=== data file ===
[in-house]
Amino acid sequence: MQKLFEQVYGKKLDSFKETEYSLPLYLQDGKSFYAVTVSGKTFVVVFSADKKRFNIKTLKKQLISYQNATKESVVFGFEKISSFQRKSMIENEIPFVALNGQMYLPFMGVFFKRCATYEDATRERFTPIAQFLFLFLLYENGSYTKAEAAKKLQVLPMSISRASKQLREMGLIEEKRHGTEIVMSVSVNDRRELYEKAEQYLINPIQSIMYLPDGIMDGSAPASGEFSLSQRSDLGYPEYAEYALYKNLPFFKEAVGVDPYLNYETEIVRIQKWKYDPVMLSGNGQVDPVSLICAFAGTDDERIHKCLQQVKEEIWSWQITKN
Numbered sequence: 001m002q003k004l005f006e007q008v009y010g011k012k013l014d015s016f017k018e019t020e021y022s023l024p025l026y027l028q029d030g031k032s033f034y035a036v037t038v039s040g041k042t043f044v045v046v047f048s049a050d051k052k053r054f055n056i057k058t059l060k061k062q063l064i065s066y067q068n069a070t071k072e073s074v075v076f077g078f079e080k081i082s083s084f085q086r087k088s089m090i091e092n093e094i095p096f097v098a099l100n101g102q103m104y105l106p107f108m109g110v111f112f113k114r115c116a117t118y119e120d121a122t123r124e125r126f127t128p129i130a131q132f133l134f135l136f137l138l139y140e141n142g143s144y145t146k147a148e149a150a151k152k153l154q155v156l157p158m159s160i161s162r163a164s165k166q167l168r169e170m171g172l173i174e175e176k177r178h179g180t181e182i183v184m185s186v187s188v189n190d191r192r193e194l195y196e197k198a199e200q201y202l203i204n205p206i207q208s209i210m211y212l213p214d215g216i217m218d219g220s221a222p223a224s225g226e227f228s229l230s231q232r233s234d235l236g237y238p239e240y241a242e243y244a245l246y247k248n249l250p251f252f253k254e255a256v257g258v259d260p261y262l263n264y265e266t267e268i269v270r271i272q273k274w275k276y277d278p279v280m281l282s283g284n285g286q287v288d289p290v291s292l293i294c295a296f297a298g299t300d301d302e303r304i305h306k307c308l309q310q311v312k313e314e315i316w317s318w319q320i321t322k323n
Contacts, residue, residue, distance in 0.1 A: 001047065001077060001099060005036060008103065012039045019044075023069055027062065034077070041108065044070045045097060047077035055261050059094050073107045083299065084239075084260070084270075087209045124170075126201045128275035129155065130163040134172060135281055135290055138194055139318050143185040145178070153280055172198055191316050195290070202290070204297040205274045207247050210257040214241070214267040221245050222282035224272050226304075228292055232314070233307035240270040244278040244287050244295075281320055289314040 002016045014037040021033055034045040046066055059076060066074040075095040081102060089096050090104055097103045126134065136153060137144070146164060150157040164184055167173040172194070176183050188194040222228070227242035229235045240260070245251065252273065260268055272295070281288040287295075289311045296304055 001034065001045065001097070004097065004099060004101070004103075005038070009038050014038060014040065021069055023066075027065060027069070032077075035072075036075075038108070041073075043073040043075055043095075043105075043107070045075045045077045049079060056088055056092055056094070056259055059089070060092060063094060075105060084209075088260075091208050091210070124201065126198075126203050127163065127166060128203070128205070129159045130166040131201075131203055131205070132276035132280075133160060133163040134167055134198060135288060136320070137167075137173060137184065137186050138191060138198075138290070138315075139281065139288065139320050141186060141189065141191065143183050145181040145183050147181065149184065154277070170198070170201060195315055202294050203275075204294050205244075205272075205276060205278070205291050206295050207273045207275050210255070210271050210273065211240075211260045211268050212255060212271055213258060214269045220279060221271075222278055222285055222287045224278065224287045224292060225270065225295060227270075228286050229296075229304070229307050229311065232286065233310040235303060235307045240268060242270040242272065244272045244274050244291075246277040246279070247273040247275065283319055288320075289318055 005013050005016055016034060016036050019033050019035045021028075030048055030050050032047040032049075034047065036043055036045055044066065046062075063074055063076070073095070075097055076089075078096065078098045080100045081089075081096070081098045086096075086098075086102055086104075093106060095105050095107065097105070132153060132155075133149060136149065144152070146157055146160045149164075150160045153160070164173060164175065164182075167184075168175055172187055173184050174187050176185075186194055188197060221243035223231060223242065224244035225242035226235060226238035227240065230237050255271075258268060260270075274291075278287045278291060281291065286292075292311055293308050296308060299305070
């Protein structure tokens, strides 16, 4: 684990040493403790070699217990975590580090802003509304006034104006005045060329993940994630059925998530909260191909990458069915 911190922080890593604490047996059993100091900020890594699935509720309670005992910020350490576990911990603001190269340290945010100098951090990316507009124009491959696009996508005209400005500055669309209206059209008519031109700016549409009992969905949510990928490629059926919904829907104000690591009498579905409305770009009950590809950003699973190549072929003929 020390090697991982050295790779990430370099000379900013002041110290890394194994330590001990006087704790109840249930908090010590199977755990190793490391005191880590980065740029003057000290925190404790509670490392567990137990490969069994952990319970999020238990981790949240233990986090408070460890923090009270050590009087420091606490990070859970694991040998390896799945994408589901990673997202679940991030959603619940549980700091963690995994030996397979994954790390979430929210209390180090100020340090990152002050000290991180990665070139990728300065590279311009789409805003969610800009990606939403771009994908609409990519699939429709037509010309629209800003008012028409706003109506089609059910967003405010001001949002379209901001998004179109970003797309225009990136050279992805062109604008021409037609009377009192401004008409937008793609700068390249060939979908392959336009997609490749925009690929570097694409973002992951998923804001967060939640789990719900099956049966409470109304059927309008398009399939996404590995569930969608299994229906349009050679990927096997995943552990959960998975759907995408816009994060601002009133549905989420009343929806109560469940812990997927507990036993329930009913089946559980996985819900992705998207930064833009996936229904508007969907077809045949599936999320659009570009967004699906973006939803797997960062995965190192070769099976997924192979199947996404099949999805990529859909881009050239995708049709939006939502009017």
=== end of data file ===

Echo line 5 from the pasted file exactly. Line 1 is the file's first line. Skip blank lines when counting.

């Protein structure tokens, strides 16, 4: 684990040493403790070699217990975590580090802003509304006034104006005045060329993940994630059925998530909260191909990458069915 911190922080890593604490047996059993100091900020890594699935509720309670005992910020350490576990911990603001190269340290945010100098951090990316507009124009491959696009996508005209400005500055669309209206059209008519031109700016549409009992969905949510990928490629059926919904829907104000690591009498579905409305770009009950590809950003699973190549072929003929 020390090697991982050295790779990430370099000379900013002041110290890394194994330590001990006087704790109840249930908090010590199977755990190793490391005191880590980065740029003057000290925190404790509670490392567990137990490969069994952990319970999020238990981790949240233990986090408070460890923090009270050590009087420091606490990070859970694991040998390896799945994408589901990673997202679940991030959603619940549980700091963690995994030996397979994954790390979430929210209390180090100020340090990152002050000290991180990665070139990728300065590279311009789409805003969610800009990606939403771009994908609409990519699939429709037509010309629209800003008012028409706003109506089609059910967003405010001001949002379209901001998004179109970003797309225009990136050279992805062109604008021409037609009377009192401004008409937008793609700068390249060939979908392959336009997609490749925009690929570097694409973002992951998923804001967060939640789990719900099956049966409470109304059927309008398009399939996404590995569930969608299994229906349009050679990927096997995943552990959960998975759907995408816009994060601002009133549905989420009343929806109560469940812990997927507990036993329930009913089946559980996985819900992705998207930064833009996936229904508007969907077809045949599936999320659009570009967004699906973006939803797997960062995965190192070769099976997924192979199947996404099949999805990529859909881009050239995708049709939006939502009017």